Emergency Care

True orthodontic emergencies are very rare, but when they do occur we are available to help you. We consider a situation to be an orthodontic emergency if it inhibits the patient from opening or closing his/her mouth due to a component of his/her braces or appliances causing discomfort to the tissue.

If this should happen outside of our business hours, please call our normal office number 402-421-8000 and press 9. This will take you to our emergency mailbox. Here you can leave a message with your contact information and an on-call team member will call you back promptly to troubleshoot.

If you have received a forceful blow to the face and your braces have been damaged along with injury to the mouth, it may be necessary to visit an emergency hospital. In this instance your body takes importance over your braces. Please seek immediate medical help and we will repair your braces after you have healed.

Non-Emergency Situations

Loose Bracket

Loose BracketSliding Bracket. If a brace becomes unglued from your tooth, it is considered a “loose bracket”. The bracket may still be connected to the main arch wire, but will be able to slide free from the tooth. Don’t worry; this is not an emergency.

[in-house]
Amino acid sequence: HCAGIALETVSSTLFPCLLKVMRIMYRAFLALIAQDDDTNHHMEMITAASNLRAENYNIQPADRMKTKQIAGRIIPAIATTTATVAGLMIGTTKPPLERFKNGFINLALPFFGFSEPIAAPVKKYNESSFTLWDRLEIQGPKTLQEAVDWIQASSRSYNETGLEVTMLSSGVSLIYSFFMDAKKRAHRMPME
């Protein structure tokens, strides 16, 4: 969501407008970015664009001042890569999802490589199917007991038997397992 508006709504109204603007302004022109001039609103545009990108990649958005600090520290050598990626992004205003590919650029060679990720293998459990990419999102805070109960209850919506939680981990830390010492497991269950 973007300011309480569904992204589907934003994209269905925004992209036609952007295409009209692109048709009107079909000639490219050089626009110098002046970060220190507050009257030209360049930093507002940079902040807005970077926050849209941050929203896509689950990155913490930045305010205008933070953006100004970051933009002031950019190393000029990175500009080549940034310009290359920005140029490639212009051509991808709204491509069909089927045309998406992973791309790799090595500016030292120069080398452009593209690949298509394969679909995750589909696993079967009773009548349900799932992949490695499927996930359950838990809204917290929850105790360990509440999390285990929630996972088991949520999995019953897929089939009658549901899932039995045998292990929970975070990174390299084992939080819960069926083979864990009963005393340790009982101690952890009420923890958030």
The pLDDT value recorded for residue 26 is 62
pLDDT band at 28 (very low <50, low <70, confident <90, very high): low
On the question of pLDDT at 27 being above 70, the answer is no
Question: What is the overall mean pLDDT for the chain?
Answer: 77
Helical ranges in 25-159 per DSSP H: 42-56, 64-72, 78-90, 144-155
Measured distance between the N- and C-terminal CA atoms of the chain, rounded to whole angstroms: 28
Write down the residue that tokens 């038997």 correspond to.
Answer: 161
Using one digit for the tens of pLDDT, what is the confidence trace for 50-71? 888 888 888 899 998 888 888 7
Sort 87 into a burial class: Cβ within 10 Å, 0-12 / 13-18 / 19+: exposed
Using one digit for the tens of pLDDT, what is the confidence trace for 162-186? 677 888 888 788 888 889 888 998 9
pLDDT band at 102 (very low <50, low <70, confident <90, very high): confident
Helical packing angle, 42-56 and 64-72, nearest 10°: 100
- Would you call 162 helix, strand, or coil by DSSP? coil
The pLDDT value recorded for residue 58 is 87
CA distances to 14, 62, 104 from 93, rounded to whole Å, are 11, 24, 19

Call to Extend Appointment Time. Please notify our office on the next business day if you do have a loose bracket to add extra time to your next scheduled appointment in order to fix it. If you do not notify us prior to your appointment, we may not have time to fix it and will have to schedule a separate appointment to do so.

Use Wax. We encourage you to leave the bracket on the wire, if possible. If it becomes bothersome, covering it with wax can help. If necessary, please call our office for instructions on how to remove the bracket.

Wearing Elastics. If any bracket becomes unglued from a tooth during the time that you have been instructed to wear elastics, stop wearing all elastics promptly and notify our office on the next business day; this is not an emergency.

Poking Wires

Poking WireLong, poking wires are not only common, but can also be a sign of orthodontic progress.  As your teeth move and become more straight and/or spaces close, it takes less wire to go through every bracket. This means that the extra wire will extend out of the back of the last bracket and may poke your cheek. The at-home remedy for a long wire is to load the area up with wax.